Again, I found that focusing on my breathing did not relax me the way I had assumed it might, BUT the soft eyes did! I was amazed at how soft I got, and therefore how soft Tapestry got, simply because I went all soft eyed. This cycle of soft eyes, relaxation of me, relaxation of Tapestry allowed me to be more in tune with her and it became a real cycle. Definitely a case of self-fulfilling prophecy!

The one thing I had more trouble with was the way they wanted me to whoa. The day before I had worked with Marcy with whoa-ing Beau and it is quite easy. Exhale, soft seat, bring shoulders slightly up and then back and down, which aligns my elbows with my hips. This causes a very slight tension in the reins, but not a pull. He stops and I release quickly. When I whoa-d that way today, I got strong correction! "No pulling" I was told. "Heavy elbows, light wrists, lift your hands UP!" I will say that Marcy cautioned me about letting my hands sag downward in a whoa, but they really wanted my hands to go UP. At one point my arms were almost straight up to get Tap to stop. This was confusing to her, and to me. Because I am not 100% sure that this was really what they wanted (it could have been an exaggeration to make me more aware of keeping my wrists from sagging), I will be interested to see what it is like tomorrow.

However, all in all, I feel that I came away with great inner leg connection to the horse and more relaxation.


As with yesterday, we began the day on the ground. After going over what we had learned and listening to questions/observations/thoughts etc. we did a couple of exercises to help us become more body aware and learn to connect to another being.

The first was called "dolls" and one of us stood, centered, closed our eyes and relaxed; they were the 'doll'. The other person was the positioner and, once they were centered, would begin to move the 'doll' while still maintain her center and balance. As with other exercises I found that our breathing synchronized. Being moved was interesting because you were giving control of your body up to, and trusting in, someone else. Being the mover was realizing how much the 'doll' needed to trust you. With both, it felt like a dance.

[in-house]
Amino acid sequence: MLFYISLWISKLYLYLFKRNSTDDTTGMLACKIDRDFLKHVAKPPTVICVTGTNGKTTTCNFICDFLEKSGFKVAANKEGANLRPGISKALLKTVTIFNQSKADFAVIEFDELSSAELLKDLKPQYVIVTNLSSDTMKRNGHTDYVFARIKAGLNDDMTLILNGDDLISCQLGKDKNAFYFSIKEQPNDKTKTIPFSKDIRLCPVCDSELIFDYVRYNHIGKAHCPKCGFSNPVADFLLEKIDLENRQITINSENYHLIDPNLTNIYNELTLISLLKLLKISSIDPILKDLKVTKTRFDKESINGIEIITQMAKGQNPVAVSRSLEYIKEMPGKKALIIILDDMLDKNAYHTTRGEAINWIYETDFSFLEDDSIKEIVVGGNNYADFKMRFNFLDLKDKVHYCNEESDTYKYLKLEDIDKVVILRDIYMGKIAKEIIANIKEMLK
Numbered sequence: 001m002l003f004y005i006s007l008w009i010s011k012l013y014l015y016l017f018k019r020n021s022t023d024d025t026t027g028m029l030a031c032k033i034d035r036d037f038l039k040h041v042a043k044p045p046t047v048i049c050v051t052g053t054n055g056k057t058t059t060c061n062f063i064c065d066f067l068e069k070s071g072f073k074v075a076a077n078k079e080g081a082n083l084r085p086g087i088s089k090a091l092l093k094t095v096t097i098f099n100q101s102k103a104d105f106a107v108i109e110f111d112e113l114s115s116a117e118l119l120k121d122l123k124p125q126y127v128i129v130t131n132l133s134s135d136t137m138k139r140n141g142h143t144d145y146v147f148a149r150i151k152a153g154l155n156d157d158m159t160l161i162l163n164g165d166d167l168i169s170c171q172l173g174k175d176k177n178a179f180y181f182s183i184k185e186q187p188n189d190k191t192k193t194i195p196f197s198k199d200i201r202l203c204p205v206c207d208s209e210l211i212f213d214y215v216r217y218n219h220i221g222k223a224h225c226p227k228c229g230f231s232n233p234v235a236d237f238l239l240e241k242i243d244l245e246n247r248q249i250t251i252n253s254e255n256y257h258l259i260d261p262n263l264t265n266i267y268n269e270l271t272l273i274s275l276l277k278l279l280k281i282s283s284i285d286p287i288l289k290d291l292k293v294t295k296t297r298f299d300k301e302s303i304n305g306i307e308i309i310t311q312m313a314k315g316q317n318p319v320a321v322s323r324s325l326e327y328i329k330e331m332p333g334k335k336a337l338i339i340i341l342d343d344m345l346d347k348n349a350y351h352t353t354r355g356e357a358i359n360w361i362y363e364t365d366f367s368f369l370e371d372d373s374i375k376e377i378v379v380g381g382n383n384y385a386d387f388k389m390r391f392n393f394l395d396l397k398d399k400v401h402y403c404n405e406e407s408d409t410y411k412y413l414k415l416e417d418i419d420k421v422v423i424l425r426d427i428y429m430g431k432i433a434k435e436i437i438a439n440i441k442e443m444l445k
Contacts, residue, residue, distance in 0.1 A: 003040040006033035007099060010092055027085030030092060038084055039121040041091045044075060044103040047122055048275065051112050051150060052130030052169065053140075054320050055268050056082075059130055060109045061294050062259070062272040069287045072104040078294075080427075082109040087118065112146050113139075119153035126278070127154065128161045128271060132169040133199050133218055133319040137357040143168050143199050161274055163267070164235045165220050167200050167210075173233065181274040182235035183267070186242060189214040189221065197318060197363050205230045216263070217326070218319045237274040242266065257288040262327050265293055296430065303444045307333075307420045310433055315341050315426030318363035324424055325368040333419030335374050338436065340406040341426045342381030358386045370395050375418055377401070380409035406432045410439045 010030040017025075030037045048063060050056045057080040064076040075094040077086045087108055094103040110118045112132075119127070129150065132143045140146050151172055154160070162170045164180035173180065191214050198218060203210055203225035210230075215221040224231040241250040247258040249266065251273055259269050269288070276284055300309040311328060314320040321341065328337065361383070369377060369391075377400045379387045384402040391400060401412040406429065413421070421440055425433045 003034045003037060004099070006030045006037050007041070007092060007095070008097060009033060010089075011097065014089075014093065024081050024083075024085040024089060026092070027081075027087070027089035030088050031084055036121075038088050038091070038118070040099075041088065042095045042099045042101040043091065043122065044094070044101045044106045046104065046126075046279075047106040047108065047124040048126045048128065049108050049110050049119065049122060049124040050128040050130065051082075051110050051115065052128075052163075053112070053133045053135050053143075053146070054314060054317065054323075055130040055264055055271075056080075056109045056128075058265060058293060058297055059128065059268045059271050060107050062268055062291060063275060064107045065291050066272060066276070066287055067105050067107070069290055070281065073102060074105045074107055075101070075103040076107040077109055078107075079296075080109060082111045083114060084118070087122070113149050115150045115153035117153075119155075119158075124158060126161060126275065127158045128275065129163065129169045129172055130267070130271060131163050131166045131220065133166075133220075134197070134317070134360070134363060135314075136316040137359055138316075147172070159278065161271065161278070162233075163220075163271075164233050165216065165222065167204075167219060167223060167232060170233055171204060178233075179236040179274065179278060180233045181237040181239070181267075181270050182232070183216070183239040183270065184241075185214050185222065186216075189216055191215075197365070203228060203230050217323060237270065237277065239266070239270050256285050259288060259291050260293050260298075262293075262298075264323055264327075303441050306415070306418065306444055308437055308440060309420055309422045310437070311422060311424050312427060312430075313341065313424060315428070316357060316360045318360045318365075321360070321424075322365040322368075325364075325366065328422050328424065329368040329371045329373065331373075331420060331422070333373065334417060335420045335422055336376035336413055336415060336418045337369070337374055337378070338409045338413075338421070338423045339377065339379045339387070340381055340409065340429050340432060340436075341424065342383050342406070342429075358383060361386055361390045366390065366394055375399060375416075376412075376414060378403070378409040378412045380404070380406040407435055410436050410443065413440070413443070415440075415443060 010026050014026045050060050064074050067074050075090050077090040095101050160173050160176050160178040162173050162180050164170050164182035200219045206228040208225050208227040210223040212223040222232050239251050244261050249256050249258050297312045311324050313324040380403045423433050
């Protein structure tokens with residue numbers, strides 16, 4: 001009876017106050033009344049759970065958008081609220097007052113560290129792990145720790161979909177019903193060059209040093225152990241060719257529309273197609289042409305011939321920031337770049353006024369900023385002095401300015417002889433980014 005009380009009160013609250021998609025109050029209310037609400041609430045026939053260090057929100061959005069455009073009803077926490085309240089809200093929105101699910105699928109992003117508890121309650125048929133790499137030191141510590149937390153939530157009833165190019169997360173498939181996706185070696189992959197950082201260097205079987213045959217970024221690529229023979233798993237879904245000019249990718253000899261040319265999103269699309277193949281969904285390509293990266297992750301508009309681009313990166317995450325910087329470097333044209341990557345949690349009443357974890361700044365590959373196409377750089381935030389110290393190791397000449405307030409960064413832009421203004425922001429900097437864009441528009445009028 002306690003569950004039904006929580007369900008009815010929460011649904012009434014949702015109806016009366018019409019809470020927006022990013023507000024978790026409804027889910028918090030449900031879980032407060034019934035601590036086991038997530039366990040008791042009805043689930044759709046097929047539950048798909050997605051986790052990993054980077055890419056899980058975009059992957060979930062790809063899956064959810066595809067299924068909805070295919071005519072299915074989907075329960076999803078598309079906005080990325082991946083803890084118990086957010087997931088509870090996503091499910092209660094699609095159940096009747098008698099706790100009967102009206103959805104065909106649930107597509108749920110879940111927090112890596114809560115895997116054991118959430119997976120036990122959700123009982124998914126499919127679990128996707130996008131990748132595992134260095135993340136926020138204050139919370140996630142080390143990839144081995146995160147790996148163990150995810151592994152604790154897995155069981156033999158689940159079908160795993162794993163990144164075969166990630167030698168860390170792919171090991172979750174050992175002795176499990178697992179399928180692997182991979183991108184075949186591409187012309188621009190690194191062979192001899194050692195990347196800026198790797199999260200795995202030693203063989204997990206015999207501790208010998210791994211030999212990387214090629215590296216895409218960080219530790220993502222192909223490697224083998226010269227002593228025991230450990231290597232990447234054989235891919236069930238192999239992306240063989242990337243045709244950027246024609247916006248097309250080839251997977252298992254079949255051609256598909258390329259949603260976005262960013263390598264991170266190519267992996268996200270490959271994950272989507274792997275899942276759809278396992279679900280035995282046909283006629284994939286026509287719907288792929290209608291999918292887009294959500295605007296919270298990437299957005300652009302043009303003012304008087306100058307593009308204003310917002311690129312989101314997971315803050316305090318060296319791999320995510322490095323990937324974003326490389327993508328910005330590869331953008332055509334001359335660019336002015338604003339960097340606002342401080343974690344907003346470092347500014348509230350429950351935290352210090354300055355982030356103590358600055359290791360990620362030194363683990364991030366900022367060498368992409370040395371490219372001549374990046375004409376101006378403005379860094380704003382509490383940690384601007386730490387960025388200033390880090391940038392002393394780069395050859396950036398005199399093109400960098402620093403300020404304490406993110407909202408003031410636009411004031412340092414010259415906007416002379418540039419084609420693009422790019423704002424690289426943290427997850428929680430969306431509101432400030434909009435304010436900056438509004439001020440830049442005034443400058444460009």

The next exercise I had done before and it was where one person was the "horse" and held the bit in their mouth (hands), while the other rode. Because of my previous experience it did not bring total revelations to me unlike it did for my partner. She hadn't experienced this exercise and was really amazed at how it felt. I feel it is a wonderful refresher anyway, and for those who have never done it, definitely worth a try. It simply makes you more conscious of how that bit feels in your horse's mouth and why balancing on your hands in NOT a good thing.

After lunch break we went to the arena and did one more exercise. Here we paired with the partner from one of yesterday's exercise. This time, one of us was behind the other's back and placed our hands under their elbows. For the first part we were simply to guide this "horse" centering allowed. Then we were to center ourselves and mindfully plan where we were going. Again, once synchronized, it felt like a dance. Definitely something to strive for with your horse partner.

Then we went onto riding. Today was not as easy for me as yesterday as I got to ride a different horse (who's name happens to be Beau, but not *my* Beau). This horse was not a subtle horse, and for the hour or so I was on his back, I was not going to be able to soften him or cause him to become subtle. Everything I did had to be done, not just decisively, but strongly and with HUGE energy (for me) behind it. This made it difficult because I have always striven for softness and "less is more" with my own horses.

Anyway, we practiced the exercises from yesterday and then we began to work more with speeding up the horse by knowing when he was stepping under himself with his inside leg and applying more of our own inside leg to get him to stretch his stride. Then we shortened the stride by stepping into our inside stirrup, which necessitates our inside seat bone to become heavier. This was *particularly* hard for me. I was pushing down with my seat bone so hard that I was in danger of off balancing myself. Finally he responded! Phew!

Next we worked with direct and indirect reins...steering our horses off the wall and back to it by using our seatbones, and the direct/indirect reins. This led up to our turning the horse completely around using an indirect rein and our focus (and therefore seatbone and leg).

So, I did learn some useful techniques that I can carry with me even if it was slightly frustrating to use a horse that was a bit deadened to all but the deepest of connection.